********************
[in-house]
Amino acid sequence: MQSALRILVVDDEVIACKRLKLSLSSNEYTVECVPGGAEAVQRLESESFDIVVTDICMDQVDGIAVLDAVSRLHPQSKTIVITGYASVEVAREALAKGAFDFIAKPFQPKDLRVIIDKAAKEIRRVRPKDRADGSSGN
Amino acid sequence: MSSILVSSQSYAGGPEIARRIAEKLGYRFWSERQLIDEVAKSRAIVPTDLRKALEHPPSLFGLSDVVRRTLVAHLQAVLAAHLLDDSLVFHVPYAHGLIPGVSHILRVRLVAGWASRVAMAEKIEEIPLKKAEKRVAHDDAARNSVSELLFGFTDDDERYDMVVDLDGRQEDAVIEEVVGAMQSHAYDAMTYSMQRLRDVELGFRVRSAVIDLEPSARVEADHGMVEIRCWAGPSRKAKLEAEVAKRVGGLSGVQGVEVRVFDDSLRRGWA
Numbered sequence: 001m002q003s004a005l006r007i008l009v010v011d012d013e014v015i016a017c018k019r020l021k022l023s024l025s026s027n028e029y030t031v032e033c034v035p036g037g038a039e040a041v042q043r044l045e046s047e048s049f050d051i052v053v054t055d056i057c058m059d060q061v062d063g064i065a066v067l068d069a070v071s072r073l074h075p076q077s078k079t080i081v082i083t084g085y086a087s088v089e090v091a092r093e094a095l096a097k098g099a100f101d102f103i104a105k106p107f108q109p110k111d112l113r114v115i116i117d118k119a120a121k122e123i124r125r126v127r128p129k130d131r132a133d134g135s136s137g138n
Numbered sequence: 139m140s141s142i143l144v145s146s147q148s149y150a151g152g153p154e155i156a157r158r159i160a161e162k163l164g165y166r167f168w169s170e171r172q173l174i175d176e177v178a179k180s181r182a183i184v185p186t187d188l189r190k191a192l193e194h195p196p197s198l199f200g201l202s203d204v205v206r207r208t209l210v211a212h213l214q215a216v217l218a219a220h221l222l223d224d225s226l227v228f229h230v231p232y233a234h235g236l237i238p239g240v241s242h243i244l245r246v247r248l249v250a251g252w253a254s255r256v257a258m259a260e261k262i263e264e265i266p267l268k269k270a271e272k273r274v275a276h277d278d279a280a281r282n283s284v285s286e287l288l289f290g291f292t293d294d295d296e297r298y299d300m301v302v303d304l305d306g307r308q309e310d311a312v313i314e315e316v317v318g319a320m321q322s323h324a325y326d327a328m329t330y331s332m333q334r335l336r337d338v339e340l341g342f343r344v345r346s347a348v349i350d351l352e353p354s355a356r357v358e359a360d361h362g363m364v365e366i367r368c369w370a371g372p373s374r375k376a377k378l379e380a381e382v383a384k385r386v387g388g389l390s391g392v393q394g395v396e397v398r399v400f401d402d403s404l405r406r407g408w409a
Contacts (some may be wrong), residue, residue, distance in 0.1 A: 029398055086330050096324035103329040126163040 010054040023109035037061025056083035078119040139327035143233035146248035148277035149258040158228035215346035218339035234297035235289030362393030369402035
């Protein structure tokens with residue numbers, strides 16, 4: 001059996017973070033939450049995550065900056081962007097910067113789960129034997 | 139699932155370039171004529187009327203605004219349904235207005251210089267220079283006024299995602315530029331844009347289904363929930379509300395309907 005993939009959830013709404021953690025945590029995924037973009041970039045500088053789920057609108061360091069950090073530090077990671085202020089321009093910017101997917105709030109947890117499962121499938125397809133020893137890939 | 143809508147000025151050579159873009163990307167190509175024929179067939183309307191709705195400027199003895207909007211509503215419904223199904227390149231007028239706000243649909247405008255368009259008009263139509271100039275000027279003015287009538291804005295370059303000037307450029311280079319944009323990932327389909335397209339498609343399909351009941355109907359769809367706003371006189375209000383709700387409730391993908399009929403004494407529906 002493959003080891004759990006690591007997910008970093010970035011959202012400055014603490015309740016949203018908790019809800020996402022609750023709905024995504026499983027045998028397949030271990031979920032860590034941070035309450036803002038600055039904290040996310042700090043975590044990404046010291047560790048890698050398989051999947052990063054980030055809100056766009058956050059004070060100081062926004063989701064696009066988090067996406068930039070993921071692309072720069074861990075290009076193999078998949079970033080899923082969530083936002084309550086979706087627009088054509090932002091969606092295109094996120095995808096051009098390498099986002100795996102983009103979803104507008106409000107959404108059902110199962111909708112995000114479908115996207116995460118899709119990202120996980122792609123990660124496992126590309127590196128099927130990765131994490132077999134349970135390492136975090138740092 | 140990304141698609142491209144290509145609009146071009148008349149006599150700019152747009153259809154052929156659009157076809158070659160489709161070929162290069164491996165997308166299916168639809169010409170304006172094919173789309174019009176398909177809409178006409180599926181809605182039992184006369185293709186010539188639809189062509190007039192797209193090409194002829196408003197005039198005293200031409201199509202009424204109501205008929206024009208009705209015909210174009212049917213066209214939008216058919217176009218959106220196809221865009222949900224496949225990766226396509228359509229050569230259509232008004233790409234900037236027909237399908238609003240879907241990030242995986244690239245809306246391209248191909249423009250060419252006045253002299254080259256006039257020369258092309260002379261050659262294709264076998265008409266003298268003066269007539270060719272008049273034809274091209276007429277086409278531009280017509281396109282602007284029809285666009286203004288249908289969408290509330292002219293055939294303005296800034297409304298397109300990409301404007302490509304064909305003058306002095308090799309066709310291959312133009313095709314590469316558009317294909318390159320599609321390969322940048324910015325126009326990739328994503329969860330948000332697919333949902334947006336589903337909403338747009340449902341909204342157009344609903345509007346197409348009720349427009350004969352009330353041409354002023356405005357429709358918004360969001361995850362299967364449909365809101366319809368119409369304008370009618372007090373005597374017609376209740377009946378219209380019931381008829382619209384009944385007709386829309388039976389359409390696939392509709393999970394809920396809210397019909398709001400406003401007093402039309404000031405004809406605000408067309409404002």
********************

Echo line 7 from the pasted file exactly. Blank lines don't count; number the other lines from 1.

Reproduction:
């Protein structure tokens with residue numbers, strides 16, 4: 001059996017973070033939450049995550065900056081962007097910067113789960129034997 | 139699932155370039171004529187009327203605004219349904235207005251210089267220079283006024299995602315530029331844009347289904363929930379509300395309907 005993939009959830013709404021953690025945590029995924037973009041970039045500088053789920057609108061360091069950090073530090077990671085202020089321009093910017101997917105709030109947890117499962121499938125397809133020893137890939 | 143809508147000025151050579159873009163990307167190509175024929179067939183309307191709705195400027199003895207909007211509503215419904223199904227390149231007028239706000243649909247405008255368009259008009263139509271100039275000027279003015287009538291804005295370059303000037307450029311280079319944009323990932327389909335397209339498609343399909351009941355109907359769809367706003371006189375209000383709700387409730391993908399009929403004494407529906 002493959003080891004759990006690591007997910008970093010970035011959202012400055014603490015309740016949203018908790019809800020996402022609750023709905024995504026499983027045998028397949030271990031979920032860590034941070035309450036803002038600055039904290040996310042700090043975590044990404046010291047560790048890698050398989051999947052990063054980030055809100056766009058956050059004070060100081062926004063989701064696009066988090067996406068930039070993921071692309072720069074861990075290009076193999078998949079970033080899923082969530083936002084309550086979706087627009088054509090932002091969606092295109094996120095995808096051009098390498099986002100795996102983009103979803104507008106409000107959404108059902110199962111909708112995000114479908115996207116995460118899709119990202120996980122792609123990660124496992126590309127590196128099927130990765131994490132077999134349970135390492136975090138740092 | 140990304141698609142491209144290509145609009146071009148008349149006599150700019152747009153259809154052929156659009157076809158070659160489709161070929162290069164491996165997308166299916168639809169010409170304006172094919173789309174019009176398909177809409178006409180599926181809605182039992184006369185293709186010539188639809189062509190007039192797209193090409194002829196408003197005039198005293200031409201199509202009424204109501205008929206024009208009705209015909210174009212049917213066209214939008216058919217176009218959106220196809221865009222949900224496949225990766226396509228359509229050569230259509232008004233790409234900037236027909237399908238609003240879907241990030242995986244690239245809306246391209248191909249423009250060419252006045253002299254080259256006039257020369258092309260002379261050659262294709264076998265008409266003298268003066269007539270060719272008049273034809274091209276007429277086409278531009280017509281396109282602007284029809285666009286203004288249908289969408290509330292002219293055939294303005296800034297409304298397109300990409301404007302490509304064909305003058306002095308090799309066709310291959312133009313095709314590469316558009317294909318390159320599609321390969322940048324910015325126009326990739328994503329969860330948000332697919333949902334947006336589903337909403338747009340449902341909204342157009344609903345509007346197409348009720349427009350004969352009330353041409354002023356405005357429709358918004360969001361995850362299967364449909365809101366319809368119409369304008370009618372007090373005597374017609376209740377009946378219209380019931381008829382619209384009944385007709386829309388039976389359409390696939392509709393999970394809920396809210397019909398709001400406003401007093402039309404000031405004809406605000408067309409404002």